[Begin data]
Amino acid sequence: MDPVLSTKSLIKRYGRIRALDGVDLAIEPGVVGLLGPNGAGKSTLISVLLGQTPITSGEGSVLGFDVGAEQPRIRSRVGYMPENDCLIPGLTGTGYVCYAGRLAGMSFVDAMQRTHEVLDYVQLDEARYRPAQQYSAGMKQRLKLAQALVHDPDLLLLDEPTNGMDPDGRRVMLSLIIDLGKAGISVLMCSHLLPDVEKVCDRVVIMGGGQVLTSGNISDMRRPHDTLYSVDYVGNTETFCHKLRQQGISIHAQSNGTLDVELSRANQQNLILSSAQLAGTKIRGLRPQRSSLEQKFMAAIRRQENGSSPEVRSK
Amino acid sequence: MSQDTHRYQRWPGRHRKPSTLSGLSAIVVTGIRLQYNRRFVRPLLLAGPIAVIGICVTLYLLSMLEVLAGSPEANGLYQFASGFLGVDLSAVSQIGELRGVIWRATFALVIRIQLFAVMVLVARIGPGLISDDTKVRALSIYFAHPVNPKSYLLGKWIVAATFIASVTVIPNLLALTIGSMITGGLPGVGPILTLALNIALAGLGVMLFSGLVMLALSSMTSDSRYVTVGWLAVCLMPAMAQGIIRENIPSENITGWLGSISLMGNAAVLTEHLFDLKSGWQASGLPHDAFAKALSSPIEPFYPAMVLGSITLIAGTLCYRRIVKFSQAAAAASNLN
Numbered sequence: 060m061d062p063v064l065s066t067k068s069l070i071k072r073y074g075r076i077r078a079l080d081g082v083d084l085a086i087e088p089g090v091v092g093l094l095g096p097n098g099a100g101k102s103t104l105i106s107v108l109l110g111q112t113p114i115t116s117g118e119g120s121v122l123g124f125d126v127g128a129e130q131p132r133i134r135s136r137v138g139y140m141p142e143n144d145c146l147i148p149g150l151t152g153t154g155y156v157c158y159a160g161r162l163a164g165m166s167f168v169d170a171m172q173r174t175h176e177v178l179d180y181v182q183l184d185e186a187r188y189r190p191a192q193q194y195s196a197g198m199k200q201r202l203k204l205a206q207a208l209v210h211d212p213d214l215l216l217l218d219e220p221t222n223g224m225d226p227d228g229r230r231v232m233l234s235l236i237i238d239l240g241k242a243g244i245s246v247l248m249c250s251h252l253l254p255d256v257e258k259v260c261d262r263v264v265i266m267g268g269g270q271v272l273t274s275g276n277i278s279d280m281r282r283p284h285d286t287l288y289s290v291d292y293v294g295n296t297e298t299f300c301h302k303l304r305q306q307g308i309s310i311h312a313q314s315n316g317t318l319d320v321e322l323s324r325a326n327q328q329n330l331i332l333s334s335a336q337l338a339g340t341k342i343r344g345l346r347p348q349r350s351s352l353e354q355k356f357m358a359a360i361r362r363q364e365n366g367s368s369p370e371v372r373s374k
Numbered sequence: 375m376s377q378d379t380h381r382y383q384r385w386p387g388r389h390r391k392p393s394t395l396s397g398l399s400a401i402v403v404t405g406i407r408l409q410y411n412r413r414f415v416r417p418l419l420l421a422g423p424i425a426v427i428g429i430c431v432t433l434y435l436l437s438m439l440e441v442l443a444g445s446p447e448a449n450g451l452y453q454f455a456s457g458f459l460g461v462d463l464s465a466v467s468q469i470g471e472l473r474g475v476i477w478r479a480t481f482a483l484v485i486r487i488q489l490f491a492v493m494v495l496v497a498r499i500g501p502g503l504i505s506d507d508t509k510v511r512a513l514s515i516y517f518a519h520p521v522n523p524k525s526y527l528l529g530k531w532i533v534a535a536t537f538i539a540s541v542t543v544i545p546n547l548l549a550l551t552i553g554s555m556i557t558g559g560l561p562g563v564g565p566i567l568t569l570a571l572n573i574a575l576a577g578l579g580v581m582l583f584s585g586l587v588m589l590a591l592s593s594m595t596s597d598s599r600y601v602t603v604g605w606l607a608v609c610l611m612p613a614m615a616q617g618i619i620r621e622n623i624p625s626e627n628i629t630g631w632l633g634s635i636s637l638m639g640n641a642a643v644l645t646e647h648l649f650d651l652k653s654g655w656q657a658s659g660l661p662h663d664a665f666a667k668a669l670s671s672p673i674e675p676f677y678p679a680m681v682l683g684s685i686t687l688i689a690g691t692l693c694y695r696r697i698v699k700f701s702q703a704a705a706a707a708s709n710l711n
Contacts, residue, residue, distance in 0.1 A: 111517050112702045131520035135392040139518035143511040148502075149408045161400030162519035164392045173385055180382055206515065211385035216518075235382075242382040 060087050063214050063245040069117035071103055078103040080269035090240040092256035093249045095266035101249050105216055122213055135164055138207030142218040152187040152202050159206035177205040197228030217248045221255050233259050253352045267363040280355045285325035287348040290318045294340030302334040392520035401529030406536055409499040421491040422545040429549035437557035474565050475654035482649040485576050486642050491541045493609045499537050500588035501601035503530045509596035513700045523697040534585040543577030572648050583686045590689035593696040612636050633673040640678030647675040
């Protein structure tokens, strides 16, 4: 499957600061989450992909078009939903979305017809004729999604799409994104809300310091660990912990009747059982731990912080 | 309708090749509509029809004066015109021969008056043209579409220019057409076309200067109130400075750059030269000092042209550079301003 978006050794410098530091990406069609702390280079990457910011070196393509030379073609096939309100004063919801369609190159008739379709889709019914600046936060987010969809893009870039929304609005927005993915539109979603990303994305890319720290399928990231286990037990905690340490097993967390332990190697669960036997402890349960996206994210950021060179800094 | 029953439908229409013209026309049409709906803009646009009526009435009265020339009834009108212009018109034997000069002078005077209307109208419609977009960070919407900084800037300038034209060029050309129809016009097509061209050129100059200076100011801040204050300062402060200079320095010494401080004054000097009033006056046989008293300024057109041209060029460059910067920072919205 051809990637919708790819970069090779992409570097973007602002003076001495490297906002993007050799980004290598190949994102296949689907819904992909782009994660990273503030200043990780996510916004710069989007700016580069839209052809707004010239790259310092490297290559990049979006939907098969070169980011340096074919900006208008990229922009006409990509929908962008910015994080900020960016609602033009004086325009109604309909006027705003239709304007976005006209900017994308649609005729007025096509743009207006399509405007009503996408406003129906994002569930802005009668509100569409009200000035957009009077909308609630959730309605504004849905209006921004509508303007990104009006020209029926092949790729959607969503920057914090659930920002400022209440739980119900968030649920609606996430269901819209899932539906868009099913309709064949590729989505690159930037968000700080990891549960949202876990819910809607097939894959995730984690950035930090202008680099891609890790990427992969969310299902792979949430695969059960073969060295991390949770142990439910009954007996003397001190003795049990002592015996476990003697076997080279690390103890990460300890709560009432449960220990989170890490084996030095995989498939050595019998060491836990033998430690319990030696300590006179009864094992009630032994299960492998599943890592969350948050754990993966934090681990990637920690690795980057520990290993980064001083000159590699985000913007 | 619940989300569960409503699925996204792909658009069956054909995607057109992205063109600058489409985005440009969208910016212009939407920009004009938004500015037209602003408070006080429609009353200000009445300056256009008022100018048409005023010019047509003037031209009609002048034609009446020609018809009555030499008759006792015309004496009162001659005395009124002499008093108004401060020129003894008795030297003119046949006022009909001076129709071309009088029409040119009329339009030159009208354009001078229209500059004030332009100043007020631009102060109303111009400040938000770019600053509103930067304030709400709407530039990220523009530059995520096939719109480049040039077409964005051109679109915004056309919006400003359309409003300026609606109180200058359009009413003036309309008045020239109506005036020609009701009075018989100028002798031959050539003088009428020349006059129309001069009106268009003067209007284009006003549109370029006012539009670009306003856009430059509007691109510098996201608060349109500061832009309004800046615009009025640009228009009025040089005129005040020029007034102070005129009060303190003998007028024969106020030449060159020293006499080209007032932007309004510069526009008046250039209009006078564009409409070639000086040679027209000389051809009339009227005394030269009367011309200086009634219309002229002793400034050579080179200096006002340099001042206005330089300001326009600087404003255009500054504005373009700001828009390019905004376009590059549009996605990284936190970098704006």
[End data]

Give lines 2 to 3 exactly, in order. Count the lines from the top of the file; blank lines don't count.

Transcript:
Amino acid sequence: MSQDTHRYQRWPGRHRKPSTLSGLSAIVVTGIRLQYNRRFVRPLLLAGPIAVIGICVTLYLLSMLEVLAGSPEANGLYQFASGFLGVDLSAVSQIGELRGVIWRATFALVIRIQLFAVMVLVARIGPGLISDDTKVRALSIYFAHPVNPKSYLLGKWIVAATFIASVTVIPNLLALTIGSMITGGLPGVGPILTLALNIALAGLGVMLFSGLVMLALSSMTSDSRYVTVGWLAVCLMPAMAQGIIRENIPSENITGWLGSISLMGNAAVLTEHLFDLKSGWQASGLPHDAFAKALSSPIEPFYPAMVLGSITLIAGTLCYRRIVKFSQAAAAASNLN
Numbered sequence: 060m061d062p063v064l065s066t067k068s069l070i071k072r073y074g075r076i077r078a079l080d081g082v083d084l085a086i087e088p089g090v091v092g093l094l095g096p097n098g099a100g101k102s103t104l105i106s107v108l109l110g111q112t113p114i115t116s117g118e119g120s121v122l123g124f125d126v127g128a129e130q131p132r133i134r135s136r137v138g139y140m141p142e143n144d145c146l147i148p149g150l151t152g153t154g155y156v157c158y159a160g161r162l163a164g165m166s167f168v169d170a171m172q173r174t175h176e177v178l179d180y181v182q183l184d185e186a187r188y189r190p191a192q193q194y195s196a197g198m199k200q201r202l203k204l205a206q207a208l209v210h211d212p213d214l215l216l217l218d219e220p221t222n223g224m225d226p227d228g229r230r231v232m233l234s235l236i237i238d239l240g241k242a243g244i245s246v247l248m249c250s251h252l253l254p255d256v257e258k259v260c261d262r263v264v265i266m267g268g269g270q271v272l273t274s275g276n277i278s279d280m281r282r283p284h285d286t287l288y289s290v291d292y293v294g295n296t297e298t299f300c301h302k303l304r305q306q307g308i309s310i311h312a313q314s315n316g317t318l319d320v321e322l323s324r325a326n327q328q329n330l331i332l333s334s335a336q337l338a339g340t341k342i343r344g345l346r347p348q349r350s351s352l353e354q355k356f357m358a359a360i361r362r363q364e365n366g367s368s369p370e371v372r373s374k